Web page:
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Medicare Drug Plan Part D

Actual Costs of the 2018 Medicare Drug Plan

Prescription drug coverage is a big deal. While the costs of prescription medications continue to rise, finding a way to mitigate your financial outlay becomes even more critical.  For personal information on a Medicare Part D or Medicare Supplement Quote, we are just a phone call away 920-545-4884.  For more details on Medicare Prescription Drug plans keep reading.

Without fail, every year brings changes to Medicare Part D by the CMS. Certainly, no one can accuse the office of being lazy. When the cost of prescription drugs go up, we can only assume that Part D premiums will follow. That just happens to be the case in 2018.

The average premium for Part D coverage will be increased by about nine percent to $43.48 for beneficiaries who remain in their current plan next year. The Kaiser Family Foundation has released their results of their deep dive into 2018 Part D pricing and other out-of-pocket expenses that are expected to go up in 2018. Here we’ll take a look at finding lower-cost Medicare Part D for 2018.

First things first: Unless you are enrolled in a Medicare Advantage Plan, you must sign up for Medicare Part D separately

Although a large number of generic drugs can be had for less than $10, many of the newer drugs are reaching the price of a car payment and some are priced even higher.

Medicare Part D (drug coverage) was created to help seniors deal with the costs of medications as many were putting their welfare even more in jeopardy trying to manage the financial devastation that could result if their only answer was to take a medication that is costing about $100 to $150 a pill.

Although the folks at Medicare responded, there are still some issues with the Part D coverage that makes “challenging” an understatement. Here we’ll look at the Medicare Drug Plan and discuss the additional costs that come with it.

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Compare Plan Premiums to Identify Savings

Every year beneficiaries should make certain that the medications they will be taking during the year will be covered on their selected Part D plan. 

Each open enrollment period is a great time to communicate with your physician to make sure that all your prescriptions are medically necessary and also to determine if the medications you do need have recently begun offering generic alternatives.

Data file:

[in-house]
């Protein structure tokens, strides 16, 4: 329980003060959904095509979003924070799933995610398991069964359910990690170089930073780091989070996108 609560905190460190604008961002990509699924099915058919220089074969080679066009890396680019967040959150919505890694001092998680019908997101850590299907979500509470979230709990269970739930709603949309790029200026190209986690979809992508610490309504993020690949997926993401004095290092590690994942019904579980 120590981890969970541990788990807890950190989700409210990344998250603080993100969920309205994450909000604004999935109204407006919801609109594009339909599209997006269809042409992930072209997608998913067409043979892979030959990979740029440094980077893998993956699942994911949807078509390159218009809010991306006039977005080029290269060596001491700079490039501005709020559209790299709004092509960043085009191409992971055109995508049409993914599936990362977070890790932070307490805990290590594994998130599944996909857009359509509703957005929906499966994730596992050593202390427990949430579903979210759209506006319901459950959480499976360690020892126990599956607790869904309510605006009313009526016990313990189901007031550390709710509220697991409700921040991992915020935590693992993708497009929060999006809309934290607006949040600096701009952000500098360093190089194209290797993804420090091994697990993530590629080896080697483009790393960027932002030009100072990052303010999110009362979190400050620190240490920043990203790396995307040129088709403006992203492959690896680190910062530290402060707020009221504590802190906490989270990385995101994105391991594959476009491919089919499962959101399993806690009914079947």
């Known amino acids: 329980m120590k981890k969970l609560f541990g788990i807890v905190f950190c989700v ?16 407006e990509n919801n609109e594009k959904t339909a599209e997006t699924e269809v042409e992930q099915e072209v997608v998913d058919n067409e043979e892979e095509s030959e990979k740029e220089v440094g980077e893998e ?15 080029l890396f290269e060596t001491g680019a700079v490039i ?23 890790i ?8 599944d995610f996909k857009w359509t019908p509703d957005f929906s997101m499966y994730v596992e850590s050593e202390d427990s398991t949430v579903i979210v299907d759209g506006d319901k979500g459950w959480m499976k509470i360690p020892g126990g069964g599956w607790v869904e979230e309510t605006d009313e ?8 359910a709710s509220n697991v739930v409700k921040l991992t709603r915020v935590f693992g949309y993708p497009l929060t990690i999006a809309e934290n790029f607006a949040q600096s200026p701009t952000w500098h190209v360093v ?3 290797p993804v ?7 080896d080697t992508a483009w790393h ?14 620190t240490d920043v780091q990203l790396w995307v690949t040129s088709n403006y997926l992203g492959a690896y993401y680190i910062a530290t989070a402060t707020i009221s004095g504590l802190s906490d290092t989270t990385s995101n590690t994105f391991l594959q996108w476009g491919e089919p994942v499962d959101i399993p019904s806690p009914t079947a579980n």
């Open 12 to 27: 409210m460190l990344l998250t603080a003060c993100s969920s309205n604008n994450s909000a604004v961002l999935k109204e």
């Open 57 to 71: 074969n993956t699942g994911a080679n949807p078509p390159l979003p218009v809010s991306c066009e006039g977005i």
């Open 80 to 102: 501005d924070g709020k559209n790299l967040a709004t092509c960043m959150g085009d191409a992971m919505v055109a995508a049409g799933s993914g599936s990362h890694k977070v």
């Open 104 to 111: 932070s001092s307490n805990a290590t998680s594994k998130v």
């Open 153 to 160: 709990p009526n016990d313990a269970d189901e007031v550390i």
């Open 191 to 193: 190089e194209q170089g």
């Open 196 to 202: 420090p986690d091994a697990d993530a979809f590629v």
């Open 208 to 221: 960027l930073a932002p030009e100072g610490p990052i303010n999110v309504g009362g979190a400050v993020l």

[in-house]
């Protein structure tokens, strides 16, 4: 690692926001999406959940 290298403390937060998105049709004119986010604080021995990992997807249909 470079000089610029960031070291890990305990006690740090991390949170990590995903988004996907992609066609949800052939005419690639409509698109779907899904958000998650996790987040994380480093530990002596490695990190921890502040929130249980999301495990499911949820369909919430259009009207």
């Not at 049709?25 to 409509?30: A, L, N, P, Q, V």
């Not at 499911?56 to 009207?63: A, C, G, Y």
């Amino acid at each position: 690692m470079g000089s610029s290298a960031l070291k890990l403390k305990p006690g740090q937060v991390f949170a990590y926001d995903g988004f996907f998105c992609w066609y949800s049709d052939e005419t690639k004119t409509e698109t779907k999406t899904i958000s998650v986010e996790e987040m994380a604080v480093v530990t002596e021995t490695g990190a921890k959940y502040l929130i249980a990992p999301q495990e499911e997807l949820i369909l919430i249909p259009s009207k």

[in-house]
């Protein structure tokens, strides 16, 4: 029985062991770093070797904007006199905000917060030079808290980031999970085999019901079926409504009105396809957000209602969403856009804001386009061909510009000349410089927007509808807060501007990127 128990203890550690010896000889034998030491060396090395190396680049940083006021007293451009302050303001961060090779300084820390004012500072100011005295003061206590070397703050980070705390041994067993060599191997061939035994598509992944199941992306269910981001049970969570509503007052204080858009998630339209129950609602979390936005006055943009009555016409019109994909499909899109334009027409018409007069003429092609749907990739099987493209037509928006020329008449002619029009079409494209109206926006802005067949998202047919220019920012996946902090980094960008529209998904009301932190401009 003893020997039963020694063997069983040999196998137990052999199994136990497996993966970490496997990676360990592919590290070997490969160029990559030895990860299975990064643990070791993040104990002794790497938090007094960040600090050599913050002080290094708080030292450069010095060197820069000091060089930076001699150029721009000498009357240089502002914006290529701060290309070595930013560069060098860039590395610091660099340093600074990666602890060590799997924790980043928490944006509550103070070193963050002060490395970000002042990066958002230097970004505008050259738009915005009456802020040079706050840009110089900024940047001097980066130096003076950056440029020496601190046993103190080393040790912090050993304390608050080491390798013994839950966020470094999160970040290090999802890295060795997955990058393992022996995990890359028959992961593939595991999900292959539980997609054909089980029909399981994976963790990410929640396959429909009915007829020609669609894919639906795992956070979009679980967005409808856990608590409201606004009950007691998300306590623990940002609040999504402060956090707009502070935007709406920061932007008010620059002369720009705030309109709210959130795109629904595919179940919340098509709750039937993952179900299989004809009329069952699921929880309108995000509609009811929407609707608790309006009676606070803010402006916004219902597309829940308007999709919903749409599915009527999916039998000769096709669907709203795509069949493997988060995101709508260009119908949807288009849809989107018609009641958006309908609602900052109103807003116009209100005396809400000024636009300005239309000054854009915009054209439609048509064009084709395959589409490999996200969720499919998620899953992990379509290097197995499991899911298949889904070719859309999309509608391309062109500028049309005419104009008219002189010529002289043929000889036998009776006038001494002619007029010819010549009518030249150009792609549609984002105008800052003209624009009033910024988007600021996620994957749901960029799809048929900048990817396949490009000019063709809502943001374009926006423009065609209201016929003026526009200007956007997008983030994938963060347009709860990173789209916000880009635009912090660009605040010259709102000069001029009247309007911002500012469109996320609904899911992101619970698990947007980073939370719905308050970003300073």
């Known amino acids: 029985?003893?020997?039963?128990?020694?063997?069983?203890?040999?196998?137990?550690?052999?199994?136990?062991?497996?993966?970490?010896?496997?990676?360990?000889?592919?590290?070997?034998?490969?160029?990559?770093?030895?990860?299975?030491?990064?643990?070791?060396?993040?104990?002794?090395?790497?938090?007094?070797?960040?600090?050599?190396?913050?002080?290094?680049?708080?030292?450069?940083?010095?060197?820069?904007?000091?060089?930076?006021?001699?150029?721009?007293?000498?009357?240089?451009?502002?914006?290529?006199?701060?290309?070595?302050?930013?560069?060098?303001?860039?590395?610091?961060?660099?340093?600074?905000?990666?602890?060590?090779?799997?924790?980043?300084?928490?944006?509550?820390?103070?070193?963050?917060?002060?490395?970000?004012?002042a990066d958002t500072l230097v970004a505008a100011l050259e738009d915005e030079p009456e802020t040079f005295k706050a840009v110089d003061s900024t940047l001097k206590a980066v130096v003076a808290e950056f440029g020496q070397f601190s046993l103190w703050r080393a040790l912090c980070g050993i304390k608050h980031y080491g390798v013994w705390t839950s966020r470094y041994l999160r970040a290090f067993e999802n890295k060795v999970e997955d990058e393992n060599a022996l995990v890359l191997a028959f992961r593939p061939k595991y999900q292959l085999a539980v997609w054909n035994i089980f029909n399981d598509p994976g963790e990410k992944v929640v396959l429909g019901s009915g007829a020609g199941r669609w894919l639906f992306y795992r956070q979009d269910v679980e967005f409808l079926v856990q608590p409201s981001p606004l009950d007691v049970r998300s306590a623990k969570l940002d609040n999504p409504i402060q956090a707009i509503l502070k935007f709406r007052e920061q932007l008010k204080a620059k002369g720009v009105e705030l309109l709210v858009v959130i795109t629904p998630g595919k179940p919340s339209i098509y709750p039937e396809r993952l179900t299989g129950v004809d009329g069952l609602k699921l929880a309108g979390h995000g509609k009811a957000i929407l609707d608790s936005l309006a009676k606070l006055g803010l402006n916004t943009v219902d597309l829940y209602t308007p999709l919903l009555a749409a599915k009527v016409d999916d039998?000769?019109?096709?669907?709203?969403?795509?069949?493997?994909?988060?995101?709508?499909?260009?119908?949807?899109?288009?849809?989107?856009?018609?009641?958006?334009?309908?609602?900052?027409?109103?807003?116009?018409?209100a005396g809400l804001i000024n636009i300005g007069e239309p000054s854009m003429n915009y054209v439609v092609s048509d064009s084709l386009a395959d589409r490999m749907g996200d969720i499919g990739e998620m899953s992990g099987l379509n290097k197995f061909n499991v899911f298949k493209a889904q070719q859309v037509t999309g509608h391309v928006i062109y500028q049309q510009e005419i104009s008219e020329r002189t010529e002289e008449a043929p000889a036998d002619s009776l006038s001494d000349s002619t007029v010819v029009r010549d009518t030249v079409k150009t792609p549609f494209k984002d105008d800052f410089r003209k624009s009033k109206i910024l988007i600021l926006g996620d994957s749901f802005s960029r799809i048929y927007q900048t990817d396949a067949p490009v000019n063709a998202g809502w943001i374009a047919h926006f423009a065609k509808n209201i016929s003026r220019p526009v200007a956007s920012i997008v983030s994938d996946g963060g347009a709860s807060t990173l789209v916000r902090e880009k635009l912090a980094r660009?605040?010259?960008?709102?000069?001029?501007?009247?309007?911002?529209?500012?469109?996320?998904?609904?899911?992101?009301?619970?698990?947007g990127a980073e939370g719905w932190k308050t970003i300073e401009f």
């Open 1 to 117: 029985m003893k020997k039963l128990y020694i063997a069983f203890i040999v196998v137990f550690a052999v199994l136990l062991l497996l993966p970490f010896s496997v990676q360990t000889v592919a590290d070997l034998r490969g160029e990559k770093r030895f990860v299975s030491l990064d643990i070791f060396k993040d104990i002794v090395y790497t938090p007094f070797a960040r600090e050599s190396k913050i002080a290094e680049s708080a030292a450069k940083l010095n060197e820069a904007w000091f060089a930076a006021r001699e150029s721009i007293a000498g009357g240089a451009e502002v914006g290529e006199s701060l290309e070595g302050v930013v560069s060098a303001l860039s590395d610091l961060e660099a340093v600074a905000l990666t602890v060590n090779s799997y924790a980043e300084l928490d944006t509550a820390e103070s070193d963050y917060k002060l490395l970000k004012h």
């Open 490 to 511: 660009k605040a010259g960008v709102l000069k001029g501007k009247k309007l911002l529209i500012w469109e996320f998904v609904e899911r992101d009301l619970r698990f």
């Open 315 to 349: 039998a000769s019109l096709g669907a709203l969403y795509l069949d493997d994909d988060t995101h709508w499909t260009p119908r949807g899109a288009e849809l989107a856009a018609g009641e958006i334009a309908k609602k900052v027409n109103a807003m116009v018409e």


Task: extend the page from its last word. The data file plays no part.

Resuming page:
You can bet that your Part D plan will be tweaking their drug coverage as well.

According to the Kaiser Family Foundation, a leading organization that provides among other things, in-depth information on key health policy issues like Medicare and Medicaid, almost three-quarters of retirees that pay insurance premiums out-of-pocket will experience higher monthly costs for 2018 if they decide to keep their current Part D plan.

They also report that about a third of these beneficiaries are likely to experience a premium increase of about $120 per year or more

The amount of the premium surcharge adjusts every year and according to Medicare.gov is calculated as follows:  Late Enrollment Penalty is calculated by multiplying 1% of the “national base beneficiary premium” ($35.63 in 2017) times the number of full, uncovered months you didn’t have Part D or creditable coverage (but were eligible). The monthly premium is rounded to the nearest $.10 and added to your monthly Part D premium

The only possible way to escape this penalty without enrolling in Part D is if you have equivalent drug coverage, called “creditable” coverage, from another source, such as a retiree plan. Your plan administrator can notify you whether your plan is considered equivalent.

When you should Sign Up for Part D

You need to sign up for Medicare Part D at the same time that you enroll in Medicare Part B and when you are enrolling in your Wisconsin Medicare Supplement Plan.

Don’t procrastinate even if you’re not taking any prescription drugs at this point. If you put it off until later on to sign up, you will be charged additional premium for every month that you lingered.

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Part D | How Much Will I Pay?

The average Part D plan costs about $34 a month in 2017 but pricing can fluctuate. Typically, if you purchase a Part D plan with a higher premium, you’ll pay less out-of-pocket when you use the plan. Deductibles and copays also play a significant part in your actual cost for medications.

Medicare Part D Deductible

Let’s not forget that dreaded deductible that has a tendency to creep up as well. For 2018, the deductible will increase $5.00 to a total of $405 although this is significantly less than the $40 smack-down that enrollees suffered in 2017.